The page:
USMCA Takes Effect, Replaces NAFTA
As a replacement for the North American Free Trade Agreement, the United States–Mexico–Canada Agreement was implemented July 1. United States Trade Representative Robert Lighthizer hailed the trade deal as President Trump’s fulfillment of promises that he made during his campaign in 2016, which he said would strengthen the U.S. workforce and economy.
“The USMCA contains significant improvements and modernized approaches that will deliver more jobs, stronger worker protections, expanded market access, and greater opportunities to trade for companies large and small,” he said in a statement. “We have worked closely with the governments of Mexico and Canada to ensure that the obligations and responsibilities of all three nations under the agreement have been met, and we will continue to do so to ensure the USMCA is enforced.”
Following ratification by Mexico in December 2019, the legislation was approved by the U.S. Congress earlier this year, signed into law by President Trump in January and approved by the Canadian Parliament in March. Lighthizer’s belief that the agreement would fortify manufacturing in the United States, aid workers and raise wages was echoed by many representatives of the country’s trade groups that seek to protect the apparel industry. American Apparel & Footwear Association President and CEO Steve Lamar heralded the agreement in a statement on June 30, noting that all requests made by his organization—“remaining trilateral, that it not harm the industry’s supply chains and that it be seamlessly implemented”—were honored.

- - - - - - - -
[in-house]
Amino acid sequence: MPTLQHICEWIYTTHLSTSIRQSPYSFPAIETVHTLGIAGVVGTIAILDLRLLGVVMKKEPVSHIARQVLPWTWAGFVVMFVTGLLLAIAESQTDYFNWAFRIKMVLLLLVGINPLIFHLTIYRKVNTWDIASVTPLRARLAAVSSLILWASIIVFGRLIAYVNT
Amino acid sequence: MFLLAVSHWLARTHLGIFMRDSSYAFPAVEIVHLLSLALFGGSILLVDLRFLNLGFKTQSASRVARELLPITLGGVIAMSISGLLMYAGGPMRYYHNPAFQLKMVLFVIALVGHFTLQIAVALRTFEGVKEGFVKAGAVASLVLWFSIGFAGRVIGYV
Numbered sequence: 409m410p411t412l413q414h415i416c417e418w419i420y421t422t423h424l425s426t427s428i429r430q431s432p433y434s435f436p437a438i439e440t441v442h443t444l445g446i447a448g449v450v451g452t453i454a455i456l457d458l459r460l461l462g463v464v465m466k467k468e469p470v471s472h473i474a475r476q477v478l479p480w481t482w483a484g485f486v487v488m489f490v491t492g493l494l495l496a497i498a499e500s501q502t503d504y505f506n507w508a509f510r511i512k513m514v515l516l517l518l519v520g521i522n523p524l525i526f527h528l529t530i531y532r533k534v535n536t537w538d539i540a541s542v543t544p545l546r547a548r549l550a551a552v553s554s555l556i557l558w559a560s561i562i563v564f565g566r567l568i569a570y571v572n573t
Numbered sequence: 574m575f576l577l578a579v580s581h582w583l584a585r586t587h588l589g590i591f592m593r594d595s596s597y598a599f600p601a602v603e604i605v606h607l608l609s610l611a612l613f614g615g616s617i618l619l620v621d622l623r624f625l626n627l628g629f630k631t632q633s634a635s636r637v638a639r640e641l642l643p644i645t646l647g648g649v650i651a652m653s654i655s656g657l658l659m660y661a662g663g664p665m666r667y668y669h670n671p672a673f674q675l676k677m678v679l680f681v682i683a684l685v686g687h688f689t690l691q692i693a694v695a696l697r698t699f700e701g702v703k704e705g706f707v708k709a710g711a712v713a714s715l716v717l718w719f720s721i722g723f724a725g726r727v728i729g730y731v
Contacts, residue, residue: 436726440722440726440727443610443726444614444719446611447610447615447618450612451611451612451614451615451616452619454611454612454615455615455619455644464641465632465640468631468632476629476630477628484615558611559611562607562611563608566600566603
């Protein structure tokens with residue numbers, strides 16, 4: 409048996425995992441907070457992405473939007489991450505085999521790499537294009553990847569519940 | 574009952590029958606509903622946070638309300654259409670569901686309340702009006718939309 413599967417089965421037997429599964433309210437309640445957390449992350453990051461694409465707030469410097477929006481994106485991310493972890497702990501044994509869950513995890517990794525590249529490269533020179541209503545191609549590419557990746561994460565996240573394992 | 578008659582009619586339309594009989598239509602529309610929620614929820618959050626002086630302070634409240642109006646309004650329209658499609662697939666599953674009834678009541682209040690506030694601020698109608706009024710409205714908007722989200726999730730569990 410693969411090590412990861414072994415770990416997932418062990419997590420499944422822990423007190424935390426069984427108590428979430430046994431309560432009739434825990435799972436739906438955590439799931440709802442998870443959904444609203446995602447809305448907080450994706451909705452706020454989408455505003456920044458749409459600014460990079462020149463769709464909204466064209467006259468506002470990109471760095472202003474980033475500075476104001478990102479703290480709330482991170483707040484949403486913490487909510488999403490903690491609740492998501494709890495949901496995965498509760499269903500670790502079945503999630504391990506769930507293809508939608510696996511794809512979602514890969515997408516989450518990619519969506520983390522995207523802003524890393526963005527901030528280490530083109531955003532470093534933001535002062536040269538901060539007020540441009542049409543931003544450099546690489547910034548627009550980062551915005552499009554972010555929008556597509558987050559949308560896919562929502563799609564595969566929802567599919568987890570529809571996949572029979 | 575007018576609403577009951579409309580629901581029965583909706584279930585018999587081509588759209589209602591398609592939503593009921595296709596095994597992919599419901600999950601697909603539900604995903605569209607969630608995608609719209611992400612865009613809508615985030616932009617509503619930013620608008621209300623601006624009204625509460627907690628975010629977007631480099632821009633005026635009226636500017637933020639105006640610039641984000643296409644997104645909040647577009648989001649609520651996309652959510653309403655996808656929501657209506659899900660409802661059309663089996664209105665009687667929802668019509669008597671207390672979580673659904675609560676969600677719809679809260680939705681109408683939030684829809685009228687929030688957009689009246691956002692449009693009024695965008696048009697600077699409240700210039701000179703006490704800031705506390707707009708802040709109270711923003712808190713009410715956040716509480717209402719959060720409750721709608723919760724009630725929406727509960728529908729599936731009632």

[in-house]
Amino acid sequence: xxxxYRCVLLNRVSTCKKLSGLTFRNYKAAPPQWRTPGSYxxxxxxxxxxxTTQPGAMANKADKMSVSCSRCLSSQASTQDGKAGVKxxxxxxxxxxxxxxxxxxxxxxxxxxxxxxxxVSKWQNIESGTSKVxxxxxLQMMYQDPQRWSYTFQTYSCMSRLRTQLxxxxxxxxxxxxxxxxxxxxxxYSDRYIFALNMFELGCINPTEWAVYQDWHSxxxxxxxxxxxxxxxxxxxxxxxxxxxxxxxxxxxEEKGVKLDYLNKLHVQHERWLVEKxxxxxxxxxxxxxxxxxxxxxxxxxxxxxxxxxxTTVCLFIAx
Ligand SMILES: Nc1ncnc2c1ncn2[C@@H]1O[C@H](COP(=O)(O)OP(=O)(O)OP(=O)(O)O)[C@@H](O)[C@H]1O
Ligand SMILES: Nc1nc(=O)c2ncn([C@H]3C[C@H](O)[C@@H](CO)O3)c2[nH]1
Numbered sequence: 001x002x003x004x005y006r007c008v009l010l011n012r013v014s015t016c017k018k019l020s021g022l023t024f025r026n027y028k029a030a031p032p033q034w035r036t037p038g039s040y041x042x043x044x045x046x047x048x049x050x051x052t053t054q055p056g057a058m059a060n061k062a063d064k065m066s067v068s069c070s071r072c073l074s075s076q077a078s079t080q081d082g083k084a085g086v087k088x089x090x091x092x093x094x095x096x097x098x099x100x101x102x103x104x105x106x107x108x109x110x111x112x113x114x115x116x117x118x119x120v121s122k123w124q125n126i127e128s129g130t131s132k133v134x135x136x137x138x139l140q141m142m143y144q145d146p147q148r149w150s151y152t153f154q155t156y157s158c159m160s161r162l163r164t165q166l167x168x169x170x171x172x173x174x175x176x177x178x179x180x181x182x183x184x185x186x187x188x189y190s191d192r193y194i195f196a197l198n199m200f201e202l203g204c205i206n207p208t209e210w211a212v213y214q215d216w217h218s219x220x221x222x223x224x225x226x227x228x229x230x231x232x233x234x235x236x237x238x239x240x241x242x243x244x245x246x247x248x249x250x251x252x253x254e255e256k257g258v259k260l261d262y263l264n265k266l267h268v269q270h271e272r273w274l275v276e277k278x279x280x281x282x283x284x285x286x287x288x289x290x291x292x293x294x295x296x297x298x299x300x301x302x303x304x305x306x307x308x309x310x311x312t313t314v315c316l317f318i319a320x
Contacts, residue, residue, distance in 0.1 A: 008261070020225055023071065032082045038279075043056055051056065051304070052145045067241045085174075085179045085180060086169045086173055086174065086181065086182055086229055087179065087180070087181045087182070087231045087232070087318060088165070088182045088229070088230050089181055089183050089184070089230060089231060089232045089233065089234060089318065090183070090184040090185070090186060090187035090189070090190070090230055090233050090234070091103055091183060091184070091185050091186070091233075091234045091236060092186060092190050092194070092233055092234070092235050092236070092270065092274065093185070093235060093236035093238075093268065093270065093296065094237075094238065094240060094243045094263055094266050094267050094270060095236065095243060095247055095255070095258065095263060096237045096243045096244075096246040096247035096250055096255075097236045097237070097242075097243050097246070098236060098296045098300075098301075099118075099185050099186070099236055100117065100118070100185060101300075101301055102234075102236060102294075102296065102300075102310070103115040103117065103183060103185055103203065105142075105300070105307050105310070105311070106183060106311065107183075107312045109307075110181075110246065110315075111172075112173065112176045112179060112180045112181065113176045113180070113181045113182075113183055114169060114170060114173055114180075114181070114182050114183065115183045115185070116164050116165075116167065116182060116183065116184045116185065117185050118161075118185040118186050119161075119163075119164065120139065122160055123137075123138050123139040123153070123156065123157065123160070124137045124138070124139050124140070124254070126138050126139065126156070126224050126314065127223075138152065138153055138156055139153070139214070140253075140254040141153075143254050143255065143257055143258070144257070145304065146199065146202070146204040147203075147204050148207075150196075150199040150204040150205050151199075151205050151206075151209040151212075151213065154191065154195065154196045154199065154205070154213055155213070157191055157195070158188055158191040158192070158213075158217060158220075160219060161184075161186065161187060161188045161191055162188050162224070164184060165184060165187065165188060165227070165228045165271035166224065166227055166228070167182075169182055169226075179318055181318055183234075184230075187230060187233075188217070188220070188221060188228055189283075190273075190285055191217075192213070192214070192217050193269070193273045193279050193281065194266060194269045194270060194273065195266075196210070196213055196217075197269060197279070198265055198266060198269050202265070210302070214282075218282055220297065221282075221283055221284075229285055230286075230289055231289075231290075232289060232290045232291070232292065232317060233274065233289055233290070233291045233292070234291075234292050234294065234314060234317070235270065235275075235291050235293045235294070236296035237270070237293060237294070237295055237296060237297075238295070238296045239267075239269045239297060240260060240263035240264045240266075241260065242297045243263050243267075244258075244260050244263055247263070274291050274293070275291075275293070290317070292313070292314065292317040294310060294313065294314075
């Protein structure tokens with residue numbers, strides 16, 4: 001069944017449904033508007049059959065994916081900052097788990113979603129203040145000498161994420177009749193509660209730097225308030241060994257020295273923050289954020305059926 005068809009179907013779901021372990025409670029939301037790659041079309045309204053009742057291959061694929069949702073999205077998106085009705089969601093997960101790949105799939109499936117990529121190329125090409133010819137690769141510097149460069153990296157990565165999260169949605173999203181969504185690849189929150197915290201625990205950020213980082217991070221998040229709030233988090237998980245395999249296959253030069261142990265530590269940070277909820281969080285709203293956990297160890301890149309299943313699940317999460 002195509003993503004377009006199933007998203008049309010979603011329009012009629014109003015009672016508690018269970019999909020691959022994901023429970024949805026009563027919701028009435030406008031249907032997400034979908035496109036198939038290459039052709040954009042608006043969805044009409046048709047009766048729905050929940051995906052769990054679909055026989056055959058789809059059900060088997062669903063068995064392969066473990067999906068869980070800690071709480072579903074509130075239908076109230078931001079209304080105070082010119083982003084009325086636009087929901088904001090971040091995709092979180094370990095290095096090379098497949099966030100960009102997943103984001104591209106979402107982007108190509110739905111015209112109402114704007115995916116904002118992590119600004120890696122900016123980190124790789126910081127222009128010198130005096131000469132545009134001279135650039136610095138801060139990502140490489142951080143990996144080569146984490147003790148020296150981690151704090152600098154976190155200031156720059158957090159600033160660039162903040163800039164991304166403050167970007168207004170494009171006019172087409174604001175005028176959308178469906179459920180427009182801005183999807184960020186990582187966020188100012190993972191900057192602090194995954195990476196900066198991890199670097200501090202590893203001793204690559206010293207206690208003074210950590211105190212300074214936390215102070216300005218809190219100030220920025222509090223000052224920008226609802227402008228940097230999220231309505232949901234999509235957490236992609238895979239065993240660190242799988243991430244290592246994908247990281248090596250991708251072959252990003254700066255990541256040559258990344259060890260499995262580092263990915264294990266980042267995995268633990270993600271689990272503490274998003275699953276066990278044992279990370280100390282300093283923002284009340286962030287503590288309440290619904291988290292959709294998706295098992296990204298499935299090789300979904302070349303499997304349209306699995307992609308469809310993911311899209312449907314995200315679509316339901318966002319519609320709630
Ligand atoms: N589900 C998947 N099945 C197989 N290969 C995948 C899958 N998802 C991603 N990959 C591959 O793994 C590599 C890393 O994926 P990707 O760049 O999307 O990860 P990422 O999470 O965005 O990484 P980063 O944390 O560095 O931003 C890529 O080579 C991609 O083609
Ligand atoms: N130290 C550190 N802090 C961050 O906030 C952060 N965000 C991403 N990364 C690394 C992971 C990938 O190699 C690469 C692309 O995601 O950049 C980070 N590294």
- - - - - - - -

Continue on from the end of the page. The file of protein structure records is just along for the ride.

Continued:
“With the USMCA entering into force, American businesses are excited to continue to work with supply chains in the North American region,” Lamar said in a statement. “Allowing the agreement to provide structure and avoiding the imposition of unnecessary trade barriers, such as punitive tariffs, will be essential for these American businesses and the American workforce to succeed and prosper under the agreement. Ensuring predictability and lowering trade barriers are always important, but even more so now as we recover from and safely restart our economy in light of COVID-19.”
Also commenting on the negative impact to the United States economy stemming from COVID-19, Lighthizer emphasized the importance of the deal’s support of domestic workers as the country recovers.
“The recovery from the Covid-19 pandemic demonstrates that now, more than ever, the United States must stop the outsourcing of jobs and increase our manufacturing capacity and investment here at home,” Lighthizer said in a press release. “With the USMCA’s entry into force, we take another giant step forward in reaching this goal and advancing President Trump’s vision for pro-worker trade policies.”